The distinction between hardware, O.S. and application is not strong at the consumer level, and hence we DO see upgrade-displacement (which is why bundle agreements are attractive for software providers and I.S.P.s).

        Ever since the user could action files directly with the mouse, rather than invoking a piece of software by mouse or C.L.I., the boundaries have blurred to the degree that the file is the data, and everything else is the single, albeit complex, tool that manipulates it.
    • by digitalgiblet ( 530309 ) on Monday August 15, 2005 @11:49AM (#13321787) Homepage Journal
      Geeze, guys I'm really sorry. It was me. I bought a new computer with XP (long-time critic, first time user) and actually liked the way IE rendered text. I SWEAR I'm planning to go back to using Firefox ANY DAY NOW. The numbers should be back up then...
    • by 0xABADC0DA ( 867955 ) on Monday August 15, 2005 @12:11PM (#13321935)
      If you look that the traffic for mozilla.org [alexa.com] you see a slight downward trend during summer and a massive spike just recently in august, coinciding with the kids going back to school.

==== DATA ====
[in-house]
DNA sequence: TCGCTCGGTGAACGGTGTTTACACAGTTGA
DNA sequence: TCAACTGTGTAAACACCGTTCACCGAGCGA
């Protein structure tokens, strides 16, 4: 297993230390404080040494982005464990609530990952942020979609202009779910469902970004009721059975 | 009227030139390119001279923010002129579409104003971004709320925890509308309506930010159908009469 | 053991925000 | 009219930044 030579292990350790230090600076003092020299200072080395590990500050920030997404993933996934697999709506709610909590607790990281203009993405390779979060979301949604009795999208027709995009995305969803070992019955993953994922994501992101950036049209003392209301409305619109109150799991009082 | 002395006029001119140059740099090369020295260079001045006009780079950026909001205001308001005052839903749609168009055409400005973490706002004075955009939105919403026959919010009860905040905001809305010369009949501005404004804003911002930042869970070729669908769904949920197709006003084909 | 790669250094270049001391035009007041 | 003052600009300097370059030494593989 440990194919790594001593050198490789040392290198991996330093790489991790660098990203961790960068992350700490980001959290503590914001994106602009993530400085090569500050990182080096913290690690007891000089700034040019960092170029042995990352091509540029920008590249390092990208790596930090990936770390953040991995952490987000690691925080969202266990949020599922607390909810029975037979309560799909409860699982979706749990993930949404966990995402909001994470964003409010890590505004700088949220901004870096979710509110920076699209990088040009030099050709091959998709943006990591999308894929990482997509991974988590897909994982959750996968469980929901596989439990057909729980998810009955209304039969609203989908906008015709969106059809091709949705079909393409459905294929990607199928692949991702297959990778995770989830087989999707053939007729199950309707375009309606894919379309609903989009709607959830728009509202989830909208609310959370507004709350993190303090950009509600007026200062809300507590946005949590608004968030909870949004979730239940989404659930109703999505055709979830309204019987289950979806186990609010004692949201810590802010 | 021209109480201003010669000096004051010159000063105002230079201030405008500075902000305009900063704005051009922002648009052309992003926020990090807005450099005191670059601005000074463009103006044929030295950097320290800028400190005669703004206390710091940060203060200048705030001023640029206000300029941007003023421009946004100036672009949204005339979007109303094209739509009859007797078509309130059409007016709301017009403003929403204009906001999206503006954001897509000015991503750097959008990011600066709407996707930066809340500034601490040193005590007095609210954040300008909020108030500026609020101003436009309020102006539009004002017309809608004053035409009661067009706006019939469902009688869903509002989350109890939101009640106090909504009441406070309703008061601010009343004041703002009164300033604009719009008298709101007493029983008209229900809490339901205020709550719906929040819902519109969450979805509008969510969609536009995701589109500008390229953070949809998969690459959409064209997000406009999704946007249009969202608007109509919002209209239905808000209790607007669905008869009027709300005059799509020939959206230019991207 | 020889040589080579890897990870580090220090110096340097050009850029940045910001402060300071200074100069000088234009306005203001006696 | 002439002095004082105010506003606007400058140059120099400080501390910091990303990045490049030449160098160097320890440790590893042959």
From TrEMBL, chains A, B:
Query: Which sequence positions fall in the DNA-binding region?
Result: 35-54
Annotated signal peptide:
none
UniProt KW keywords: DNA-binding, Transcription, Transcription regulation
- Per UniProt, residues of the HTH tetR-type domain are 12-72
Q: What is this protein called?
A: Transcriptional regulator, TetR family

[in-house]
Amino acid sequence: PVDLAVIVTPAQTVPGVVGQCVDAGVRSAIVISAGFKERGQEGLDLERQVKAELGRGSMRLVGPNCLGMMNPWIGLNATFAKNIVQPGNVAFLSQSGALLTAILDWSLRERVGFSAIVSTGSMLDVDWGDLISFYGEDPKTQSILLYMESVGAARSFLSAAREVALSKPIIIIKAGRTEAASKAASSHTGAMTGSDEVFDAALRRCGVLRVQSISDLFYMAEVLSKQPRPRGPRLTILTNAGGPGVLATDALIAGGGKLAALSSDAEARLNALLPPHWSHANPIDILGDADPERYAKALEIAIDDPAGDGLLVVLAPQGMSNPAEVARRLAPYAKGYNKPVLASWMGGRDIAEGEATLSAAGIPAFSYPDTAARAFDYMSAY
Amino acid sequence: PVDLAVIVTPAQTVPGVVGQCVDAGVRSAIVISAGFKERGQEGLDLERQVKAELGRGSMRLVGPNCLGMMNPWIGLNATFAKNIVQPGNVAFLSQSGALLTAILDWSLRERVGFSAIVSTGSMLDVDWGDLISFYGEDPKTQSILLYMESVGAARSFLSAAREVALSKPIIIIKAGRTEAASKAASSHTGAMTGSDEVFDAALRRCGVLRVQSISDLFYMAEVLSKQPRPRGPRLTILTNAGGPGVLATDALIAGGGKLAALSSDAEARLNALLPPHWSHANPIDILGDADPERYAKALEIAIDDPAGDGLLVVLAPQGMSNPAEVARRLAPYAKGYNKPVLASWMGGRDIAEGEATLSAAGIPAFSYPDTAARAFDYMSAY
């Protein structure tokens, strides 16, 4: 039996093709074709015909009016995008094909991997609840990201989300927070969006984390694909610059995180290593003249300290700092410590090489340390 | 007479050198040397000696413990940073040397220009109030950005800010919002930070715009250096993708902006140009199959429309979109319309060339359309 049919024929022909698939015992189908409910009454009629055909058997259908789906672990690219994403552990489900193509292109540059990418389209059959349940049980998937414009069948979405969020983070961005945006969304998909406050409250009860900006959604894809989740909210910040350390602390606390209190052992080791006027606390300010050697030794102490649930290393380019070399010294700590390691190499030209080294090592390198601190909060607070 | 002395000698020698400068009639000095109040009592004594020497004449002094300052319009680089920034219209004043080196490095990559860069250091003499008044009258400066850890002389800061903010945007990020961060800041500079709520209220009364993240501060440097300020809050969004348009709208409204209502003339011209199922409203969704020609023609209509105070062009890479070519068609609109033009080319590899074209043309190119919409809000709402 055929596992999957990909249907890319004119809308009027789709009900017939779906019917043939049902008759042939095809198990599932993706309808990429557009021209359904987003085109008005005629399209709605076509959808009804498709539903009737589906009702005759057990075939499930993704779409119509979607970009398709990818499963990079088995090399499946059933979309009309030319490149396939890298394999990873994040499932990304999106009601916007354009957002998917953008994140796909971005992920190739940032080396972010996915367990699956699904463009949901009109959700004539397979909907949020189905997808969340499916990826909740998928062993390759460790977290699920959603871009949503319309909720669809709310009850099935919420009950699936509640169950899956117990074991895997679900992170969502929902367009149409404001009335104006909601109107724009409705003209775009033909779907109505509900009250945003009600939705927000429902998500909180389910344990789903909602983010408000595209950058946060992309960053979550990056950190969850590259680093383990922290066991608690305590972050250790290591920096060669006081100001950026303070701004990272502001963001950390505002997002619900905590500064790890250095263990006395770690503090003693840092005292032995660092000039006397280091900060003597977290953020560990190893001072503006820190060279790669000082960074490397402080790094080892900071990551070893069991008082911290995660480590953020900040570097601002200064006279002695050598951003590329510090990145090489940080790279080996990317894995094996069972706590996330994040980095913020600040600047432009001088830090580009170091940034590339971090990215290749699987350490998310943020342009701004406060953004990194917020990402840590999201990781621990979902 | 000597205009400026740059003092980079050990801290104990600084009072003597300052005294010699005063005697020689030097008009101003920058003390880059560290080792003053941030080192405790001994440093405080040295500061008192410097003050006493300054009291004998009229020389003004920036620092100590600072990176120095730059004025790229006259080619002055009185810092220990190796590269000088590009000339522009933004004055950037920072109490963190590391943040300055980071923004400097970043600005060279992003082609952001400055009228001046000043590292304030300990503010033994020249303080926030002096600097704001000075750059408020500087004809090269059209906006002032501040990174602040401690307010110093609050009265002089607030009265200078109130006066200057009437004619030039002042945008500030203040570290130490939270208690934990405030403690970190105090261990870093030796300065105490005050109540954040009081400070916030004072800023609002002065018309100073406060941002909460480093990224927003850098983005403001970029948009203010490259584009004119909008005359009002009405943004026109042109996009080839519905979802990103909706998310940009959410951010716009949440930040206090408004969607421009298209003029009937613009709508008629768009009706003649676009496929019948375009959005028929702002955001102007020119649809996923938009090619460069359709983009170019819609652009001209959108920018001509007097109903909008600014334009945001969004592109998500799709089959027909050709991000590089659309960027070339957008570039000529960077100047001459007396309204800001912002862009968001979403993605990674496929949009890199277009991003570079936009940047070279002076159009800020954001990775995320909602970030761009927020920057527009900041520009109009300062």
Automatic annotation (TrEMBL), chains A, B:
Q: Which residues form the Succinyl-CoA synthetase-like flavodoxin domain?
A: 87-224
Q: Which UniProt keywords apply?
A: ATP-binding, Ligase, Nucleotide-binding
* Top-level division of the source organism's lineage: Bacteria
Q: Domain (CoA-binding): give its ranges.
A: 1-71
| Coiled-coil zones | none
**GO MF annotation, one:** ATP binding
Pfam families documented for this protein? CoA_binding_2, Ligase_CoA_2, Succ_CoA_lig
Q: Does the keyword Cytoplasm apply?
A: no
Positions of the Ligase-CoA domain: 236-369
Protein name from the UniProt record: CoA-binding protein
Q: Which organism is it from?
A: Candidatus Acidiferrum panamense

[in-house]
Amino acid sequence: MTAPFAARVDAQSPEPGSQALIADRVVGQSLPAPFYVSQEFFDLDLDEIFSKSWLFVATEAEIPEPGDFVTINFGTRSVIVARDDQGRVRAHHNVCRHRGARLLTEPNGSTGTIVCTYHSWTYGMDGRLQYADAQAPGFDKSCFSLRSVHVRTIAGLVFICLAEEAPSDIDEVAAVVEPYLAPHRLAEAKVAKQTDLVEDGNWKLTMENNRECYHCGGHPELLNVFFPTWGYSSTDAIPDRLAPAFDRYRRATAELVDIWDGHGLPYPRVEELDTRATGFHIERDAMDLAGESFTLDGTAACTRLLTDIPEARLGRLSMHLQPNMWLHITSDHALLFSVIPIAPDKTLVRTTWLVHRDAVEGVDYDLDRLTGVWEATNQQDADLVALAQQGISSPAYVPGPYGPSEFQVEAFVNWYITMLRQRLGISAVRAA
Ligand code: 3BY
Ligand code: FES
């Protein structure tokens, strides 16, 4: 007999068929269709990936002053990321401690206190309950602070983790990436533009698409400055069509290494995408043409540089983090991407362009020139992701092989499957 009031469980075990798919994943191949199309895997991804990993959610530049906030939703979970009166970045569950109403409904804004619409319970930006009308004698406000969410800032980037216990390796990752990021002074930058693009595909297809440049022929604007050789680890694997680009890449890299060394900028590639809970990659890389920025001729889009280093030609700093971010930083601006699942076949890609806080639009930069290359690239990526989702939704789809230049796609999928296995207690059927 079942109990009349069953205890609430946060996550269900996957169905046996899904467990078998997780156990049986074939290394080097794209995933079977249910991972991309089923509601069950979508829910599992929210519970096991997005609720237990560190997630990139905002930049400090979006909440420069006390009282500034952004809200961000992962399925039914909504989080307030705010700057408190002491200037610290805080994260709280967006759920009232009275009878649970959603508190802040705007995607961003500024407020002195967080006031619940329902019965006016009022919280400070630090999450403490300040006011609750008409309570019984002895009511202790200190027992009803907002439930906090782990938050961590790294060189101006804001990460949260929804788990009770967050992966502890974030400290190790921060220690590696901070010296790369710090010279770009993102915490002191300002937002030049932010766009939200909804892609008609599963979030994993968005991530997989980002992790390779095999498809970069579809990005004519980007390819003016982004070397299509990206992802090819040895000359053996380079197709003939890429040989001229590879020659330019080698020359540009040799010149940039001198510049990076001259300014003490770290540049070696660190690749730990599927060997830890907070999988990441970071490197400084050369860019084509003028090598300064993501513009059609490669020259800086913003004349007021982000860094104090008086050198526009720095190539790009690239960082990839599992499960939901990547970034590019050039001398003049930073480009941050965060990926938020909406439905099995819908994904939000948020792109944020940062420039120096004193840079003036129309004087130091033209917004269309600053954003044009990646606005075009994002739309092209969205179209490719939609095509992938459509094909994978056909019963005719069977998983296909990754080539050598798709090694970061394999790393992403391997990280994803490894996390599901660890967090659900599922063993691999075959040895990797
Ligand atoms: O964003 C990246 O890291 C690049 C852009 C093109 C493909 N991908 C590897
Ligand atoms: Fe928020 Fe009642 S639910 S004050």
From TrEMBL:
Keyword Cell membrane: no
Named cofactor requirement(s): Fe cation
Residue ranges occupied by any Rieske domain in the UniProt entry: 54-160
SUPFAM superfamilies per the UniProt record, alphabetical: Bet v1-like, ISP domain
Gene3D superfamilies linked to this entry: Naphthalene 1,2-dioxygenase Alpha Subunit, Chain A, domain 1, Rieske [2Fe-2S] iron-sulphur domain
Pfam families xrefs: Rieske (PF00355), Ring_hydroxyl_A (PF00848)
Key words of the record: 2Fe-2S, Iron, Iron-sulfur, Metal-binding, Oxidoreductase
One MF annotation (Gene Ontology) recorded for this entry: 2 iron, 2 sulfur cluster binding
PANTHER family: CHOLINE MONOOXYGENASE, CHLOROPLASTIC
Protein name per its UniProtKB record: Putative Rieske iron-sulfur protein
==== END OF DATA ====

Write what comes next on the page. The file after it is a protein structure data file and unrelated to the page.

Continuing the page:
So basically the kids using firefox at school stopped for the summer because some of them were using their parents computers that had IE. Now that the kids have gone back to school the ones that weren't using firefox are downloading it in huge numbers (probably mostly to be cool). Next set of statistics will probably show a 2% rise for firefox, imho due to this.
  • OMG M$ LOL (Score:4, Insightful)

    by aznxk3vi17 ( 465030 ) on Monday August 15, 2005 @10:55AM (#13321274)
    One must remember that IE has just added tabbed browsing, among other "features." The average Joe, who is not hugely concerned with security, probably downloaded Firefox for the tabs and MAYBE extensions. With a browser that will come equipped with tabs, a significant number of people will lose their interest in a browser like Firefox.
    • Re:OMG M$ LOL (Score:4, Insightful)

      by bedroll ( 806612 ) on Monday August 15, 2005 @10:59AM (#13321324) Journal
      The average joe that you mention doesn't know how to get the beta of IE7. Longhorn doesn't ship for quite some time, too early to attribute it to a slip in FireFox usage.
      • to reply to my own post..

        This got me thinking about IE7 and it's possibilities to sway the stats. Perhaps that margin of usage is people testing IE7 for compatibility and bugs. If early adopters and web developers are using IE7 then that would take away from FireFox's user base. It was the "average joe" part of the grandparent's post that threw me from this initially.

        With that said, the description of the statistics is too vague to know if this is true. IE7 could even be at 1% during this month which wo

    • Re:OMG M$ LOL (Score:3, Interesting)

      by Sierpinski ( 266120 )